The issue starts with Phil and his homeless friends. They ask him how he does the strange things he does (fly, create sculptures out of light, warm them at night, etc.), and he gives a pretty truncated explanation of his powers and his past. He decides to fly to Muskogee again to visit Dobson at the nuclear facility. After stopping by his (and Dr. Seleski’s) apartment for a change of clothes, he appears in Dobson’s office to wait for the scientist to arrive. Dobson finally enters the office, and Phil introduces himself as someone that has heard Dobson speak at a symposium. Phil tells Dobson that Dr. Seleski’s experiments must stop and that they are extremely dangerous.
It should be noted here that, although Phil has Dr. Seleski’s face, his hair is very different. Phil has silver hair in a ponytail, while Dr. Seleski has brown hair and is balding. So, although Dobson thinks that Phil is familiar, he can’t quite put his finger on why.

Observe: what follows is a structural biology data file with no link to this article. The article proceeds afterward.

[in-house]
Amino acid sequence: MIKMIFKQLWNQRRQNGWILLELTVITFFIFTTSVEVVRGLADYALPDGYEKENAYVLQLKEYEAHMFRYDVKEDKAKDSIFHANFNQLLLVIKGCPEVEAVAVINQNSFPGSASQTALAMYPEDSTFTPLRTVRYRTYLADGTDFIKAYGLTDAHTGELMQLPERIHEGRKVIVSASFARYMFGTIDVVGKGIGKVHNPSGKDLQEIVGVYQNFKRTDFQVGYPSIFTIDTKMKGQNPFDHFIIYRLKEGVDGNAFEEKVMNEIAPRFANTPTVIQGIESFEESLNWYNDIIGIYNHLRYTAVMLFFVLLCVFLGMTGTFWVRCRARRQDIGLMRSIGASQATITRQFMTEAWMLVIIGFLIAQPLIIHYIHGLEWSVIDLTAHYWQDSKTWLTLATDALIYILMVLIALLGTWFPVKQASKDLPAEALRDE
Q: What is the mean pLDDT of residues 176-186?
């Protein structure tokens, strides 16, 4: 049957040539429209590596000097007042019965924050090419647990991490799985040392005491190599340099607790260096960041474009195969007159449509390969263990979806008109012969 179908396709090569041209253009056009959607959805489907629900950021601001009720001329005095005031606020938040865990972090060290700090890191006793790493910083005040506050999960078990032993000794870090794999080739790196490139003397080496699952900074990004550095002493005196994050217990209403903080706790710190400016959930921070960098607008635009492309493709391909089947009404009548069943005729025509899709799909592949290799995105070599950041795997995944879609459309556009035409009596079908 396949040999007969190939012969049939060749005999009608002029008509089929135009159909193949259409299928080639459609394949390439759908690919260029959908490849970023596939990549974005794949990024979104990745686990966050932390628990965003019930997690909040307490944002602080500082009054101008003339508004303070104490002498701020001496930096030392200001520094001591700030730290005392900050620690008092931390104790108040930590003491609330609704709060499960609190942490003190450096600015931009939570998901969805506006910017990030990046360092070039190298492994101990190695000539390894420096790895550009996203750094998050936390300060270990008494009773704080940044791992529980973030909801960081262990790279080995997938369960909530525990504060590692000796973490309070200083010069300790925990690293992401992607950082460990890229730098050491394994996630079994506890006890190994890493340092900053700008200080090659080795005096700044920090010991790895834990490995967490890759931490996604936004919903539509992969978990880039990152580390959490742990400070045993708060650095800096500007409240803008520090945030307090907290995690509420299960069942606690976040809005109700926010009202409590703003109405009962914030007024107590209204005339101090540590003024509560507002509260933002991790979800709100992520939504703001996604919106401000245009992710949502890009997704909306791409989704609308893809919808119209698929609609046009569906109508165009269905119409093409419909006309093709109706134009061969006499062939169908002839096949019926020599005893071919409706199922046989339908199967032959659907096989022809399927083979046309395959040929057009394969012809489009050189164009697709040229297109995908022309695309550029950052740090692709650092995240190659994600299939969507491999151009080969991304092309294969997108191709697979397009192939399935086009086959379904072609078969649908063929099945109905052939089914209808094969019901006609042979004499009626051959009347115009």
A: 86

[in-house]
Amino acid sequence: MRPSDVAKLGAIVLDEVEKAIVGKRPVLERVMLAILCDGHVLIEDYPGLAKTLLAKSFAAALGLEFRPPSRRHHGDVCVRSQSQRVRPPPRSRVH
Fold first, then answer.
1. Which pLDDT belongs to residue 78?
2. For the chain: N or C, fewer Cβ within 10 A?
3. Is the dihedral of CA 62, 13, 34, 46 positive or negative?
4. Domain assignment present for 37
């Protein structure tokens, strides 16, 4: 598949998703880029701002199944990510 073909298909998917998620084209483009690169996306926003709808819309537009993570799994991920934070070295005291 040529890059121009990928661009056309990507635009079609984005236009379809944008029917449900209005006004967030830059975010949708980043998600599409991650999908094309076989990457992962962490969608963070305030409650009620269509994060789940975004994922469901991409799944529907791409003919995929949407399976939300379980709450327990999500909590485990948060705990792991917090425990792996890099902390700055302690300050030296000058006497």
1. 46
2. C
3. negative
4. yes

Dobson pretty much gives Phil the brush off, and doesn’t really listen to what he has to say. Phil leaves unexpectedly, appearing next at a nearby abandoned warehouse, where he takes out his frustrations by breaking stuff. He’s completely frustrated that Dobson ignored him and fears that Seleski’s accident will happen because of that. Phil starts to glow brightly and grabs his head as a sharp pain makes his skull pound. The pain is so great that it brings Phil to his knees, and in a flash of multicolored light, something extraordinary happens. Phil’s head literally splits open and a human figure comes out! The figure is male and is dressed in a skintight red jumpsuit with a nuclear fallout shelter symbol on his chest, a mask that covers his head, and a visor that looks very much like the one Cyclops from the X-Men wears. It’s Doctor Solar! Phil can’t believe what he is seeing. He starts shouting that Doctor Solar is not real and that he would put him back in his head ion by ion if he had to. They start to grapple, but Doctor Solar easily flips Phil off of him. Phil flies away, planning to fight Doctor Solar later on.